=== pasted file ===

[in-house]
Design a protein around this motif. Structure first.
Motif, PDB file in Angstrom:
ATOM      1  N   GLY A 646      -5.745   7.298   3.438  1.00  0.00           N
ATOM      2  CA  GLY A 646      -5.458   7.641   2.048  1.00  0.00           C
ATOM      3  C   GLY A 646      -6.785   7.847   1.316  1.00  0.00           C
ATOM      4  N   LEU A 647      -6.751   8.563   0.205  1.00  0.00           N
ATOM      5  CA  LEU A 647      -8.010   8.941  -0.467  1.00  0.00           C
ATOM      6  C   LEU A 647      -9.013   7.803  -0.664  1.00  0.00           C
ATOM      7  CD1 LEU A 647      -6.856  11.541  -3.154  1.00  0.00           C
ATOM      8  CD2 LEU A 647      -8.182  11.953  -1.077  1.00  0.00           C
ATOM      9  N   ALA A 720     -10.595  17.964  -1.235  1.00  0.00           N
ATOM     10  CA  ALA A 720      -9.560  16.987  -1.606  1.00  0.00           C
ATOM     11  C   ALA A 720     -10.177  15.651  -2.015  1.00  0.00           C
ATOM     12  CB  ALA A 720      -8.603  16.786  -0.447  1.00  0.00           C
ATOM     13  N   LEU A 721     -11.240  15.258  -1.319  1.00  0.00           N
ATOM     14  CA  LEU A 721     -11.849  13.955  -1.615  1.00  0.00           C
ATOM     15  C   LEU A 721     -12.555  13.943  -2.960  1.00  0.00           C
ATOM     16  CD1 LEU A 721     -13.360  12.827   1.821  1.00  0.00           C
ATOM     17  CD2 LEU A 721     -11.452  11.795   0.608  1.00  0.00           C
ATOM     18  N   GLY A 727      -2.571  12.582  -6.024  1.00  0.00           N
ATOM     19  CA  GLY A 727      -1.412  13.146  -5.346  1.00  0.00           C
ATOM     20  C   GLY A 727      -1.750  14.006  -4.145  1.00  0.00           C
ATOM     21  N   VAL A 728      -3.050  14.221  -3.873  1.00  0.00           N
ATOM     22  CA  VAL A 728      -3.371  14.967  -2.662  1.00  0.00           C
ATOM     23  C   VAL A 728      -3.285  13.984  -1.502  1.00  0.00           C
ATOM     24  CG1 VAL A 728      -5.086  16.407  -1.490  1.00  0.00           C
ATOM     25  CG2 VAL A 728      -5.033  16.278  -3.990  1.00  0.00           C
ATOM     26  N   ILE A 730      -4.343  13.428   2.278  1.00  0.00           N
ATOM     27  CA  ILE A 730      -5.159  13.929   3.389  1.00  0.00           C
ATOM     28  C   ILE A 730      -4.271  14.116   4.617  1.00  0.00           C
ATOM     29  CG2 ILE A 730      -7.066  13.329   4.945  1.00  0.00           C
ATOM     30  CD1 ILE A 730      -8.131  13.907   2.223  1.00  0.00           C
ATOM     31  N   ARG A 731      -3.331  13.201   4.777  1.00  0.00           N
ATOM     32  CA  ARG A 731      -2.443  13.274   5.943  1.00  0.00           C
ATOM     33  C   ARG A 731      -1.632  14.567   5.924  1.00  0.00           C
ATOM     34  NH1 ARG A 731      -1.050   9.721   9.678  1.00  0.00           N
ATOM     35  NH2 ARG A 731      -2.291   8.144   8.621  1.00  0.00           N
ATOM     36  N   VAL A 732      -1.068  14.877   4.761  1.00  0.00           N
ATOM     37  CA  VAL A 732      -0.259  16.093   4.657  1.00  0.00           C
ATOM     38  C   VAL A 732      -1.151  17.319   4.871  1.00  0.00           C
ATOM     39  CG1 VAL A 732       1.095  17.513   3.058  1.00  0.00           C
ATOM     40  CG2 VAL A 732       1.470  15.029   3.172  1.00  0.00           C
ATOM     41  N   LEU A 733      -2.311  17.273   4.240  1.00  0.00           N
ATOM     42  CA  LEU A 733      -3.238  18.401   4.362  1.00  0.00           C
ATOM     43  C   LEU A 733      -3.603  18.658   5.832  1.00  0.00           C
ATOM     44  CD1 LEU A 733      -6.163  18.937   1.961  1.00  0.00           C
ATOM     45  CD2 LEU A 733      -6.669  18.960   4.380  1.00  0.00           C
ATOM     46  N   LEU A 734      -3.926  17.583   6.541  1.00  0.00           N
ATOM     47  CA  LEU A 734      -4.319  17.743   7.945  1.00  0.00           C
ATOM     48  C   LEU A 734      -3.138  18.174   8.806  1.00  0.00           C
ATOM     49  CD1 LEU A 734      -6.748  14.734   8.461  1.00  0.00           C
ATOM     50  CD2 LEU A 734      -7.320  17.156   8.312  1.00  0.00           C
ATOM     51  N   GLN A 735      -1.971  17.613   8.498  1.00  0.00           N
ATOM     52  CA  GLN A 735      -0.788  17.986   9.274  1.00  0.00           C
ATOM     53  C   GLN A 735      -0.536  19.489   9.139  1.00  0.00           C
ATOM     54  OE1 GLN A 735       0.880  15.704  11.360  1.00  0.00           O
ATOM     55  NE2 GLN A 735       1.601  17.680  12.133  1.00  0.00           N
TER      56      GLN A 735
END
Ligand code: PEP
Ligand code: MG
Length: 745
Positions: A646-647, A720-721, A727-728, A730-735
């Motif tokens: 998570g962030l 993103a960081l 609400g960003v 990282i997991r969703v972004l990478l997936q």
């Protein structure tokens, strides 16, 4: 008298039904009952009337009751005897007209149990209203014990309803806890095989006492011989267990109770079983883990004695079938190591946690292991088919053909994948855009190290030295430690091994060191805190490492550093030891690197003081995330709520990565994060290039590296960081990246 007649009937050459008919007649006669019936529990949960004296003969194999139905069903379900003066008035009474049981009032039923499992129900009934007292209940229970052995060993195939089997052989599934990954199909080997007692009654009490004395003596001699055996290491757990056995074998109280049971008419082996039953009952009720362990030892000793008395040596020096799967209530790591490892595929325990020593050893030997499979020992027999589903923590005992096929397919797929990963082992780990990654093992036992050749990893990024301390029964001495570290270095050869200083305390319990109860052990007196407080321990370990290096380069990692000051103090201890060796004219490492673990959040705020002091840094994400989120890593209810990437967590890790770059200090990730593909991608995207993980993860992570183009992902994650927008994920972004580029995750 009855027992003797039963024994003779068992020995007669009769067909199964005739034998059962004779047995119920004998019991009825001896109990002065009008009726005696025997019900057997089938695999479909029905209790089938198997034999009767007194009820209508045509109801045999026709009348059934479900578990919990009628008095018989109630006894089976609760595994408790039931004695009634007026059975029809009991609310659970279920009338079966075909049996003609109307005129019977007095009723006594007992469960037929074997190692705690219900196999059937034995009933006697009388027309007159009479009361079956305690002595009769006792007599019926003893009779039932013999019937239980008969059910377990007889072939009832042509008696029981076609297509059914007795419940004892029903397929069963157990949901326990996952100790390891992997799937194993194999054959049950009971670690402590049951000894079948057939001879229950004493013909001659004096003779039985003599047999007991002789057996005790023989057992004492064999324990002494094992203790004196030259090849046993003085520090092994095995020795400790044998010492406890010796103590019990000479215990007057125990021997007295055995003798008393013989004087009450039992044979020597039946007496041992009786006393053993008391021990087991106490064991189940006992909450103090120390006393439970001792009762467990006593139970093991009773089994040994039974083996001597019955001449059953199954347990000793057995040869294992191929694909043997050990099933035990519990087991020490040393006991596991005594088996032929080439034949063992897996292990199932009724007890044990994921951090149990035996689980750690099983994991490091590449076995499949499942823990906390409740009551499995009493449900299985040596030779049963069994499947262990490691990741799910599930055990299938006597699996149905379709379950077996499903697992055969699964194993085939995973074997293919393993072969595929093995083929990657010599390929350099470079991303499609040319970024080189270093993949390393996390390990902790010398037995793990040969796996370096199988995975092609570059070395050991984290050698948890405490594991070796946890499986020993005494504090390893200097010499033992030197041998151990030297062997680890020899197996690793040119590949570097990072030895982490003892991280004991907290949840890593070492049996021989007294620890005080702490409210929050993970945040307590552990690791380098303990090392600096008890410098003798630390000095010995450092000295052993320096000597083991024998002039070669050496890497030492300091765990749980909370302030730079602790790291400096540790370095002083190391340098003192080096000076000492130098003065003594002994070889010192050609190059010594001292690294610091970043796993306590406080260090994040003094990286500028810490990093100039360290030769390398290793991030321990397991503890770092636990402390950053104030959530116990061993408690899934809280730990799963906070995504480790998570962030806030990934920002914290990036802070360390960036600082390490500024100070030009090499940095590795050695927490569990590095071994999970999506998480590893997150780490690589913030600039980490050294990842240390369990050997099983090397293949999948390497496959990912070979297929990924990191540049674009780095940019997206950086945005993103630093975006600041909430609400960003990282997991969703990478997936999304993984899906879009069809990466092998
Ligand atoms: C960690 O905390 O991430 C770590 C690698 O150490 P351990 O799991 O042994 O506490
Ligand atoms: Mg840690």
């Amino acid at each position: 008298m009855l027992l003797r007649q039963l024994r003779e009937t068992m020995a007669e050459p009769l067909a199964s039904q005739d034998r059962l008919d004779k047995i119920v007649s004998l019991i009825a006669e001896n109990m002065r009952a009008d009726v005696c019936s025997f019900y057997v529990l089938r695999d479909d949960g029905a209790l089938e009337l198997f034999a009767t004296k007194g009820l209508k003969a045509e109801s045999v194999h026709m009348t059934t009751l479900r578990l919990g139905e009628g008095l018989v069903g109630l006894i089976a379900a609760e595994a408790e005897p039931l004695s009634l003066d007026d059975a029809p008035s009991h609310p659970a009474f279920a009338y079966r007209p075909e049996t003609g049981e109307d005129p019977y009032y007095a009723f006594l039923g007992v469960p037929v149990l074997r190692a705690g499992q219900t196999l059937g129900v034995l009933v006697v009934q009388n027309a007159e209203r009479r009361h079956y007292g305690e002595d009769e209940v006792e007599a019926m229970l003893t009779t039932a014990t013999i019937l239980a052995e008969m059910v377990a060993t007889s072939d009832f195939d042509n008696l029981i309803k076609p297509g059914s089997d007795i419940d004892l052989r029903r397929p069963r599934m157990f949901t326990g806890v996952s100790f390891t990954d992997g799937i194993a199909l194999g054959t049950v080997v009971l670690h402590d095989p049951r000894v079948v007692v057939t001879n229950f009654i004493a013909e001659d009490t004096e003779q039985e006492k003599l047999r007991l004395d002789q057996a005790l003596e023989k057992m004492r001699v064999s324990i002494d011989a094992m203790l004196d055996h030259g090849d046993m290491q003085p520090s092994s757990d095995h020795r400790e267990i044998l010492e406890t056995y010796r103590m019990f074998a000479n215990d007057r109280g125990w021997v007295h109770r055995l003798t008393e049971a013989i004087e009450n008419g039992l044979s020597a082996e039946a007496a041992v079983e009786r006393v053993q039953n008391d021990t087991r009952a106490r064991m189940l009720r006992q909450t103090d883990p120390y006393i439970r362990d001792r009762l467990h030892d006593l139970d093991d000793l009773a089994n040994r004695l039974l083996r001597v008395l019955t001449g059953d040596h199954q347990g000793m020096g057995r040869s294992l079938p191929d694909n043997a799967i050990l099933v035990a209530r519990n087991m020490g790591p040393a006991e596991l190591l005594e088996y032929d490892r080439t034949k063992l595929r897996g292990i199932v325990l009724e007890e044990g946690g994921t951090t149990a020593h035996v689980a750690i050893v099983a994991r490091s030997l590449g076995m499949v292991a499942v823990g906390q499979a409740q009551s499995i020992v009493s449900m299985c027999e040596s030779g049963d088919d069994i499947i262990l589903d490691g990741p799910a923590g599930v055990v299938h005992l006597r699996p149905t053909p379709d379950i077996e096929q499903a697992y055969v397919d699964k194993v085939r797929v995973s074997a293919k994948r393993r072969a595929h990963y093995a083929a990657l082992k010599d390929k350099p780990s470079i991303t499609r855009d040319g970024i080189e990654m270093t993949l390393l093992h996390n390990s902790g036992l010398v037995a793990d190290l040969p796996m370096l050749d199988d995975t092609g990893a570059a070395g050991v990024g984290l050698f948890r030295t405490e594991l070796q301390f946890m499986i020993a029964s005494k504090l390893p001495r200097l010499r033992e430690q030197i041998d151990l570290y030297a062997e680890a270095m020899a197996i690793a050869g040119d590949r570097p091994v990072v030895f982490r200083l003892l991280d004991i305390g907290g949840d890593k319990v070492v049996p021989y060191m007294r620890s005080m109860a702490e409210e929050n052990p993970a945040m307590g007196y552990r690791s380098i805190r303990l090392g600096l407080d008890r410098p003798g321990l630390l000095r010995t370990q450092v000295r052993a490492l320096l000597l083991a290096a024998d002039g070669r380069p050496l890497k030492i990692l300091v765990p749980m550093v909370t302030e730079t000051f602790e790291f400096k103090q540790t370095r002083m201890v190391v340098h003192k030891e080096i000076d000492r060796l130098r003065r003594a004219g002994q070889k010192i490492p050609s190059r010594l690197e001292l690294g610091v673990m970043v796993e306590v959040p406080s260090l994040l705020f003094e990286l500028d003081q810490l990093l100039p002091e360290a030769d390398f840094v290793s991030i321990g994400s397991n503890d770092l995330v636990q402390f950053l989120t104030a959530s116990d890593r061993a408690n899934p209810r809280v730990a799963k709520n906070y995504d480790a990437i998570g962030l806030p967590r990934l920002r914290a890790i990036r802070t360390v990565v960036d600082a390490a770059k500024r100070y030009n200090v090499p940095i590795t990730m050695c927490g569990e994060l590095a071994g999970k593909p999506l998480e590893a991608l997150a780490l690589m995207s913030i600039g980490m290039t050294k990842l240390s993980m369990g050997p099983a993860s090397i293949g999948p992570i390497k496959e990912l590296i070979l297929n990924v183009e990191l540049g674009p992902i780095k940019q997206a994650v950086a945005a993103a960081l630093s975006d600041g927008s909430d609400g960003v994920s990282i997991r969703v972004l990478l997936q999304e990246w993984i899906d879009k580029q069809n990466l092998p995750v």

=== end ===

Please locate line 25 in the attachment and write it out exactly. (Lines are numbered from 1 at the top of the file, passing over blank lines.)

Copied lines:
ATOM     22  CA  VAL A 728      -3.371  14.967  -2.662  1.00  0.00           C